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Routing question

I have 2 networks  10.1.1.0 and 10.1.2.0, both these have a dedicated internet connection.  I need to route traffic between these 2 networks so that I can access hosts on each others network.
Net A
Network: 10.1.1.0
Gateway: 10.1.1.1

Net B
Network: 10.1.2.0
Gateway: 10.1.2.1

Also, do I need another router between NetA and NetB? Also what routes do I need to add on each of the networks gateway if any?

Thx
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ddman123
Asked:
ddman123
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1 Solution
 
Jody LemoineNetwork ArchitectCommented:
Depending on what kind of routers you are using to connect to the Internet, you may be able to connect the two with existing equipment.  If you can give each router a secondary IP address on the other's network, you'll be covered.  If not, a third router will do the trick, but you'll need to set static IP addresses for the other network on each of the existing routers pointing to the IP addresses of the new one.
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memo_tntCommented:
Hi
you need to create tunnel connection between them as:

interface Tunnel1
 description Tunnel to NetB
 ip address 172.16.1.3 255.255.255.252
 tunnel source ROUter A-Real.IP
 tunnel destination ROUter B-Real.IP
 tunnel mode nos
 tunnel key 2

ip route 10.1.1.0 subnetmask tunnel1
 

interface Tunnel1
 description Tunnel to NetA
 ip address 172.16.1.4 255.255.255.252
 no ip directed-broadcast
 tunnel source ROUter B-Real.IP
 tunnel destination ROUter A-Real.IP
 tunnel mode nos
 tunnel key 2
 tunnel path-mtu-discovery

ip route  10.1.2.0 subnetmask tunnel1
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Jody LemoineNetwork ArchitectCommented:
Okay... I missed something there.  Are you wanting to access these routers via their Internet connections or are they in the same physical location and you just connect them up via their LAN interfaces?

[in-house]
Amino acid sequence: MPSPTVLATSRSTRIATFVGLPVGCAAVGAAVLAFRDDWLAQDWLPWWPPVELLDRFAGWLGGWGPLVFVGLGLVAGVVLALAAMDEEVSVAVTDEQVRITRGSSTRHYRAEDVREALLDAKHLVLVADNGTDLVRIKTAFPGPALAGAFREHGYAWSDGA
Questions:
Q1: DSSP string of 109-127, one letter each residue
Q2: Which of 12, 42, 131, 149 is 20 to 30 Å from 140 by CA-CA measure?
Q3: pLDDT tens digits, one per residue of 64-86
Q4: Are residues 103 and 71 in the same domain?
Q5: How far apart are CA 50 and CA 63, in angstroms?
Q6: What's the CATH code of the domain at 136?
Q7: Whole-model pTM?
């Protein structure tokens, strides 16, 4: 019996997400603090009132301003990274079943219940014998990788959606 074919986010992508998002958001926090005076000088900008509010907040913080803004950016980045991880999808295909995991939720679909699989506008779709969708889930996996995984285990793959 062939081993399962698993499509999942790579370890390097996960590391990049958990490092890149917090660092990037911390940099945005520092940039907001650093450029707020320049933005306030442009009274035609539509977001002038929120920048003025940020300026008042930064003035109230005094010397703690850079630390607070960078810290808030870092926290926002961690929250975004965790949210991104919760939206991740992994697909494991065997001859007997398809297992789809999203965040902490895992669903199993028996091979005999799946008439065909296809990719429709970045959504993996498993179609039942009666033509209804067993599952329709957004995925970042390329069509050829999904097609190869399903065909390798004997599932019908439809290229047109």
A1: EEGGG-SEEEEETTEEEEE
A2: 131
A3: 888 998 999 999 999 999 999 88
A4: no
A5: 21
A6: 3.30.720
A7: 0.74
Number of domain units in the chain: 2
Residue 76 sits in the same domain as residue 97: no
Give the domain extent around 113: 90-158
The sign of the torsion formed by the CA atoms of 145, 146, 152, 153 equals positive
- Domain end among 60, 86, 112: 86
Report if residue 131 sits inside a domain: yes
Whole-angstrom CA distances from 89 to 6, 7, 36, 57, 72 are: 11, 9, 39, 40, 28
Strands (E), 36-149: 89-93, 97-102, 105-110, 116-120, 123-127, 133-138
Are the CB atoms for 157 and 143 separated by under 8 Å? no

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ddman123Author Commented:
These routers are in the same physical location.  Unforunately, I do not have access to those routers as they are maitnained by the ISP.
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Jody LemoineNetwork ArchitectCommented:
That makes it a bit more complicated.  You'll need to find a way to route between them while preserving the default router so that each can still get out of their internet connection.  If you can persuade the ISP to add a static route to each of the existing routers, you can add a third router and do this:

New Router:

Port 1: 10.1.1.2/24
Port 2: 10.1.2.2/24

ISP Router 1:

Static route 10.1.2.2/24 via 10.1.1.2

ISP Router 2:

Static route 10.1.1.2/24 via 10.1.2.2

When packets going to the ISP router are destined for the other network, the static route will redirect them to your router, which will pass them to the other network.
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memo_tntCommented:
Hi
hence your ISP will do the changes then